acls

  1. we currently do walking epidurals in l&d, our director now wants us all to have acls to care for epidurals in l&d (note we do not recover our own c/s)
    we all have nrp, many of us have cerification in inpatient ob, and many of us do an extraordinary amount of committee work for our department. we are opposed to this additional certification. do any of you have acls just for the purpose of monitoring your labor pt who has had an epidural placed?
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  2. 14 Comments

  3. by   SmilingBluEyes
    There IS a way around traditional ACLS I think, for OB nurses. AWHONN (I think) is putting together skills that are specific to the OB arena. I visit perinatal archives website and this was discussed there. I have ACLS myself, cause we circulate csectoin and tubal surgeries and do our own PACU-type recoveries on these people. I don't find this objectionable; the hospital pays for it and I learned a lot. granted, I use just about NONE of it and most does NOT apply, hence the need for an OB-specific skills class. But anyhow, I wish you luck. If you want to know how to get the the perinatal archive area, let me know. LOTS OF VALUABLE INTERCHANGES THERE FROM NURSES WHO PRACTICE OB WORLD WIDE!
  4. by   mark_LD_RN
    I think ACLS is a good idea for L&D nurses. While it may not happen often a patient does code on OB and L&D units. and one must be prepared for it.
  5. by   bagladyrn
    I have avoided ACLS for years for 1 major reason - in the little (very) rural hospitals I worked before becoming a traveler, the person with ACLS was the one floated to ride in the back of the ambulance to transport pts. to other facilities. I'm talking about 130 miles on reservation roads in the middle of the night! I did it for my ob transports, but didn't want to get roped into it with grandpas.
  6. by   SmilingBluEyes
    Mark, whenever we call a code on OB (it has happened twice on the one floor I work on), a code team responds and shoves you out of they way and takes over. All we have time to do basically is the ABC's and BAM there is the code team. WE wind up being gophers and recording...hey you know what? That works just fine for me. And in the unfortunate event it happens in OR, we have anesthesia to run it...we know where the stuff is in the cart......... I just believe we don't use the skill enough to claim we are "ACLS TRAINED"!!!!
  7. by   L&D.RN
    I'm all for the ACLS training. In the hosp I worked at in CA, it was required of all L&D RNs, not required here in WA, but I believe it's heading that direction. We had a patient that had an MI during a section recently.

    I would agree that the code team takes over, but I think more training is better, right!? (We do recover our sections.) I would hate to be in front of a jury being asked WHY I wasn't ACLS certified. JMO. LB
  8. by   SmilingBluEyes
    I am all for ACLS too.....as you can see. But I don't use it enuf to ever say I am SKILLED really... and I don't have time to dig out my pocketbook of algorithms to see what the HECK to do in a specific case.....it is kinda frightening to me to know I have ACLS cert. but don't even consider myself CLOSE to competent in ACLS! so, how useful am I in a true CODE BLUE? GEE, not too sure beyond doing BASIC EKG, ABCs and manning the crash cart. That kinda unnerves me. I bet FEW L and D nurses are truly competent in ACLS.....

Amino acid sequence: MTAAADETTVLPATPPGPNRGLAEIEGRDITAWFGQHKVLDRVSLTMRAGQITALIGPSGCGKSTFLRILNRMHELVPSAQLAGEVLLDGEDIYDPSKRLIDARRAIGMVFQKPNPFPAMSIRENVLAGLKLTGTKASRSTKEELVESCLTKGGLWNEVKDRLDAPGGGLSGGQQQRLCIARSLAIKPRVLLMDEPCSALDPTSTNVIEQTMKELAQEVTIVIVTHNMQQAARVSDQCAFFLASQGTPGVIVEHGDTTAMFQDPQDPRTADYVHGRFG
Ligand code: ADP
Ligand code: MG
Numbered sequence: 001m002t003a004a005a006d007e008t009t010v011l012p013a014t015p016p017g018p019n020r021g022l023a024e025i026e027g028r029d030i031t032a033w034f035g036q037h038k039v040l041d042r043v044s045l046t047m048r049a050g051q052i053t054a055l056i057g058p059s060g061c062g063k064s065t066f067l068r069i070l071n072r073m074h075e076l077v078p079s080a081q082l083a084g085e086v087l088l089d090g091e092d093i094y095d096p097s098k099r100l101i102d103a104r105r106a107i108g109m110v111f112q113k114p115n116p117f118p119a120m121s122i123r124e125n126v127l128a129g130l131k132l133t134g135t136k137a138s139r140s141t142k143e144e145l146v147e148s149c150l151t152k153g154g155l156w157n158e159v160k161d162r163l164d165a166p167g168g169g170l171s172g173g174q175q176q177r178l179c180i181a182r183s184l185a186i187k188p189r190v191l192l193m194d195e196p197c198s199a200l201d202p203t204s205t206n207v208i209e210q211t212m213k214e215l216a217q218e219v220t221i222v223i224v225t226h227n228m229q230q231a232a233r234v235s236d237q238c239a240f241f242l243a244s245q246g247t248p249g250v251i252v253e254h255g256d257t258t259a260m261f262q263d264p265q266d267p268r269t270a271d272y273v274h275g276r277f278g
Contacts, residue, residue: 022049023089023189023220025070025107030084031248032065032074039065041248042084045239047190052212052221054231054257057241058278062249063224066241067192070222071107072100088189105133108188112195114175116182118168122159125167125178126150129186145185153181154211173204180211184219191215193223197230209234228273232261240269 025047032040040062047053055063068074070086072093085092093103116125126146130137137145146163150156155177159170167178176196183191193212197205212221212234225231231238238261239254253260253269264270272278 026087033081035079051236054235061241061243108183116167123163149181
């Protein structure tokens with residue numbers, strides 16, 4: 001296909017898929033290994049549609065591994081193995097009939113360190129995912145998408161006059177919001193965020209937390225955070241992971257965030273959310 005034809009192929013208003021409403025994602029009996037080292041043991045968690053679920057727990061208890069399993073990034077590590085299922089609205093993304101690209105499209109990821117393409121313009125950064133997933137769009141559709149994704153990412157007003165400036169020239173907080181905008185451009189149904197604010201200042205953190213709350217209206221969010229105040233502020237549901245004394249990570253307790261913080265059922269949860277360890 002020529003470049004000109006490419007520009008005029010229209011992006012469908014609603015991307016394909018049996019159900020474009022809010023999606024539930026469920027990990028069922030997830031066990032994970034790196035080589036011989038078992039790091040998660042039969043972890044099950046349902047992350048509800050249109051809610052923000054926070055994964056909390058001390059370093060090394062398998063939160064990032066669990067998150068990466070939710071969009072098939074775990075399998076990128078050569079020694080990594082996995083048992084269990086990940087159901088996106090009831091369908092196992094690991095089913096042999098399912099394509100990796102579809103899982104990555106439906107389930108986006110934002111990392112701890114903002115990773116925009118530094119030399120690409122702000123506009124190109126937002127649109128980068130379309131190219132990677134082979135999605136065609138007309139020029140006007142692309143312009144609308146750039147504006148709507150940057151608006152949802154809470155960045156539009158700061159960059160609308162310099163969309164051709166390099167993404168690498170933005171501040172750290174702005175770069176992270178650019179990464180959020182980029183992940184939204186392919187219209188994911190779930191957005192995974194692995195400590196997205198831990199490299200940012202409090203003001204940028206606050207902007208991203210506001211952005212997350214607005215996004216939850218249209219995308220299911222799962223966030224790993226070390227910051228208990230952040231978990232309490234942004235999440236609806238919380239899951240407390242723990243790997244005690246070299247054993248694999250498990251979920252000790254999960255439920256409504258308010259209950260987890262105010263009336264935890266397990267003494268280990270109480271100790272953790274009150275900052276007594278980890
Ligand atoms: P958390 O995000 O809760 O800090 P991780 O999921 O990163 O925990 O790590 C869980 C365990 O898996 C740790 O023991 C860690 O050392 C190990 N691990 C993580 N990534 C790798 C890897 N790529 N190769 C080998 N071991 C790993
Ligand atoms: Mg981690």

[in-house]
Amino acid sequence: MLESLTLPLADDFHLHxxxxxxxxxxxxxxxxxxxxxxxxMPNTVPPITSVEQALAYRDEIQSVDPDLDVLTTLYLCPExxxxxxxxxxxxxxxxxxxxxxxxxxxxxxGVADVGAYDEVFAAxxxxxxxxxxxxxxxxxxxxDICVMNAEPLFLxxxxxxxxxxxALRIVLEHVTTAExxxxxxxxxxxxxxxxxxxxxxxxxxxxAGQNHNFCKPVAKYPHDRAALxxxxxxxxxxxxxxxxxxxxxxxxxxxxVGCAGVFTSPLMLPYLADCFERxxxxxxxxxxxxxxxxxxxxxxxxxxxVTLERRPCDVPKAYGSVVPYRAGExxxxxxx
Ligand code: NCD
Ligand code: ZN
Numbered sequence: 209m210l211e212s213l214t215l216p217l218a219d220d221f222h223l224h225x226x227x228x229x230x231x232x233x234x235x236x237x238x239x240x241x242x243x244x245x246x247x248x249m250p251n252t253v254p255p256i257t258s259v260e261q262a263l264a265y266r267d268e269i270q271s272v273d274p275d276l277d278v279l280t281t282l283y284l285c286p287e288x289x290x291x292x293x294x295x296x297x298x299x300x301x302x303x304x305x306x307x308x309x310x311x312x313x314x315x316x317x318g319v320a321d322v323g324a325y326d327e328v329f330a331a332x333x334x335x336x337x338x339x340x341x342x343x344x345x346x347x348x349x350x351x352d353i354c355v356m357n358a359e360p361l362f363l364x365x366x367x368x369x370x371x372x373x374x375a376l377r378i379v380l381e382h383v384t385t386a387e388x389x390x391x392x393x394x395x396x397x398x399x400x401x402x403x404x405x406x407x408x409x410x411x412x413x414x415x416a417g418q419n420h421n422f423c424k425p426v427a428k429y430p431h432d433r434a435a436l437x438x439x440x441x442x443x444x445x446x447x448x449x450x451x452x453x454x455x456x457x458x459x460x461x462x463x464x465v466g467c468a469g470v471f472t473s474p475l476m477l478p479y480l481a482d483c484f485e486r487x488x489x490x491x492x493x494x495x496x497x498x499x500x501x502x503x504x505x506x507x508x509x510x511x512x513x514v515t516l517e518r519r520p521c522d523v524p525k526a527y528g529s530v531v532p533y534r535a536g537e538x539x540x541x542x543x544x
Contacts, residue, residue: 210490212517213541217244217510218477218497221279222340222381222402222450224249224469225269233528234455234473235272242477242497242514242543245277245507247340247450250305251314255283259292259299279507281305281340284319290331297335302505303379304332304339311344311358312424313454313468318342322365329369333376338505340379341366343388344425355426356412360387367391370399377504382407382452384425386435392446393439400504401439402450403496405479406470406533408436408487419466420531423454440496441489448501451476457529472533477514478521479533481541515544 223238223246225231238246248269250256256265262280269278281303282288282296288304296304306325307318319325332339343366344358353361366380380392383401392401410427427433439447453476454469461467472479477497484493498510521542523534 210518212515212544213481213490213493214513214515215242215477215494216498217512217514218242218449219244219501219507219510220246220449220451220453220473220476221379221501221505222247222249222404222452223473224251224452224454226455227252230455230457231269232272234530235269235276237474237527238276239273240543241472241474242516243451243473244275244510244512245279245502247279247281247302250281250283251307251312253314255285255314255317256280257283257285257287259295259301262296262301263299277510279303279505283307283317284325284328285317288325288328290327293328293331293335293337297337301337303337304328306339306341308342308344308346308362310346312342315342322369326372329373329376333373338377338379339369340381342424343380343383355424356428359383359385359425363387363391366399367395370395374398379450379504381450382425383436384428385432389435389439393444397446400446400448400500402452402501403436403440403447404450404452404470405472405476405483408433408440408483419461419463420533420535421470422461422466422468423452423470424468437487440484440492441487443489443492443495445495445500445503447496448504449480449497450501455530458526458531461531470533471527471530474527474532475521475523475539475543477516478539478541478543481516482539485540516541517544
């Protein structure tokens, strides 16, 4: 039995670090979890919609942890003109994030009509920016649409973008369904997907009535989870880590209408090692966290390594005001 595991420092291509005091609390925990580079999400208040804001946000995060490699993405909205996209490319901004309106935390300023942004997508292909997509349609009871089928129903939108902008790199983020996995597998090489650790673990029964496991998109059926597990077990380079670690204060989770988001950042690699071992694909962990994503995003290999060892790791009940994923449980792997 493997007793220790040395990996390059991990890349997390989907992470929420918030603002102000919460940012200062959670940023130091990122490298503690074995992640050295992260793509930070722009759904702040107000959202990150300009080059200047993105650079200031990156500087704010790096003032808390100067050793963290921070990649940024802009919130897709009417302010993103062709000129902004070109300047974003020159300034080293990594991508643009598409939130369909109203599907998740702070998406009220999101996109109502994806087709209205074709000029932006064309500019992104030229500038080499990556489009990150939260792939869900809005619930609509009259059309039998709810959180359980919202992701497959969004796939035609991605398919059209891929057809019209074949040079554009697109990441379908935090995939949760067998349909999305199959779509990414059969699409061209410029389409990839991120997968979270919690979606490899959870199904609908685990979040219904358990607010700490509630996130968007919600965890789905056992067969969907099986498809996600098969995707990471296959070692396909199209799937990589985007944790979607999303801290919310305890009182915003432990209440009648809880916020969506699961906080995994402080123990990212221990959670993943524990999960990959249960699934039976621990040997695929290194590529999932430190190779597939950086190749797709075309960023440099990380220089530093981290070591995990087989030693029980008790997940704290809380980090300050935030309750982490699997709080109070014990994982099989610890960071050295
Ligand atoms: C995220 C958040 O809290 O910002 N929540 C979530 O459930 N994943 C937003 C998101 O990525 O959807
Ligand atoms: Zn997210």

...that is all I am saying. We circulate and recover our own sections, too, which is why ACLS is required where I work. where in wa do you live, lyla? I mean, area?
    Last edit by SmilingBluEyes on Sep 9, '02
  9. by   Brownms46
    Debbie there are several sites online, and programs that pose different scenarios, to help you keep fresh with algorhythms. If you're interested I can post a few... I have been ACLS cert for a while now...and out of the ICU also for a few years. But I do get cardiac pts, and you never know. I have seen code team running to a code, and go to the wrong floor several floors down...even wrong bldg even..
  10. by   SmilingBluEyes
    please do, brownie. thanks..I agree, you never know. But if you DO NOT USE A SKILL, it is DAMN hard to be competent in it. That is what worries me about ACLS.......I have NO way of knowing for sure how well I would do needing it...I hope to God well enough to help the patient survive til one more competent comes to take over for me! That is being HONEST!
    Last edit by SmilingBluEyes on Sep 9, '02
  11. by   Brownms46
    And I totally admire you for saying that Debbie. Here is a simulator course...that is pretty good.


    http://www.anesoft.com/DEMO/acls/acls.html

    Here is also some software...that you can download the demos...and their quite good. Check for the correct platform before downloading...as some of them may not be for your operating system. Most are Win95-98

    http://www.madsci.com/quiklook.htm
    Last edit by Brownms46 on Sep 9, '02
  12. by   SmilingBluEyes
    THANKS! i will try them out!
  13. by   GailWHNP
    Originally posted by Lyla B
    I'm all for the ACLS training. In the hosp I worked at in CA, it was required of all L&D RNs, not required here in WA, but I believe it's heading that direction. We had a patient that had an MI during a section recently.

    I would agree that the code team takes over, but I think more training is better, right!? (We do recover our sections.) I would hate to be in front of a jury being asked WHY I wasn't ACLS certified. JMO. LB
    I dunno. I'd rather be in front of a jury saying such certification is not a requirement and that I did perform duties within standards of care (BLS) rather than saying that I'm certified but didn't know what the heck to do because I never use the "skill".
    Gail
  14. by   SmilingBluEyes
    EXACTLY GAIL!! THAT IS WHAT I WAS TRYING TO SAY, but OBVIOUSLY lacked the words!

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